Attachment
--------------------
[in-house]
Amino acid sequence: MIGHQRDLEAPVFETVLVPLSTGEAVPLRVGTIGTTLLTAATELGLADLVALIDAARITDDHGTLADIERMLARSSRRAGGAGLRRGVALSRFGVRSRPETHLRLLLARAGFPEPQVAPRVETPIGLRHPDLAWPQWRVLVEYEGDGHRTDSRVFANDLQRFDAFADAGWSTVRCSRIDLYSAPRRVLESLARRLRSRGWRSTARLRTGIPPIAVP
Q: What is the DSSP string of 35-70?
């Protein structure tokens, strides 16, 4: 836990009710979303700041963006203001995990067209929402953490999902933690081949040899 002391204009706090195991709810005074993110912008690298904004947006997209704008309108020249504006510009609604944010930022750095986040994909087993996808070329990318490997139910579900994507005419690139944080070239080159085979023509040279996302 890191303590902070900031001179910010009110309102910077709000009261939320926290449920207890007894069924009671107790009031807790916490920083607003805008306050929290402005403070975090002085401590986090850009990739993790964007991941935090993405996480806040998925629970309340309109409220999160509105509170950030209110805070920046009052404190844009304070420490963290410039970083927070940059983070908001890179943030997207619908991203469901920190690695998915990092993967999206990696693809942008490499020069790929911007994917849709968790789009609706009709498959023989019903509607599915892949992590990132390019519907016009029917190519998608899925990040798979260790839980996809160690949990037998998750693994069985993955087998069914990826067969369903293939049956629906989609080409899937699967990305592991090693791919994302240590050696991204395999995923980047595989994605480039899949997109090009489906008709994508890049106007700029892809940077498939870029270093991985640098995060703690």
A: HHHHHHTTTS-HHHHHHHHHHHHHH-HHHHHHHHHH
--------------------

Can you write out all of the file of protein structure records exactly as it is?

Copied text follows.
[in-house]
Amino acid sequence: MIGHQRDLEAPVFETVLVPLSTGEAVPLRVGTIGTTLLTAATELGLADLVALIDAARITDDHGTLADIERMLARSSRRAGGAGLRRGVALSRFGVRSRPETHLRLLLARAGFPEPQVAPRVETPIGLRHPDLAWPQWRVLVEYEGDGHRTDSRVFANDLQRFDAFADAGWSTVRCSRIDLYSAPRRVLESLARRLRSRGWRSTARLRTGIPPIAVP
Q: What is the DSSP string of 35-70?
């Protein structure tokens, strides 16, 4: 836990009710979303700041963006203001995990067209929402953490999902933690081949040899 002391204009706090195991709810005074993110912008690298904004947006997209704008309108020249504006510009609604944010930022750095986040994909087993996808070329990318490997139910579900994507005419690139944080070239080159085979023509040279996302 890191303590902070900031001179910010009110309102910077709000009261939320926290449920207890007894069924009671107790009031807790916490920083607003805008306050929290402005403070975090002085401590986090850009990739993790964007991941935090993405996480806040998925629970309340309109409220999160509105509170950030209110805070920046009052404190844009304070420490963290410039970083927070940059983070908001890179943030997207619908991203469901920190690695998915990092993967999206990696693809942008490499020069790929911007994917849709968790789009609706009709498959023989019903509607599915892949992590990132390019519907016009029917190519998608899925990040798979260790839980996809160690949990037998998750693994069985993955087998069914990826067969369903293939049956629906989609080409899937699967990305592991090693791919994302240590050696991204395999995923980047595989994605480039899949997109090009489906008709994508890049106007700029892809940077498939870029270093991985640098995060703690």
A: HHHHHHTTTS-HHHHHHHHHHHHHH-HHHHHHHHHH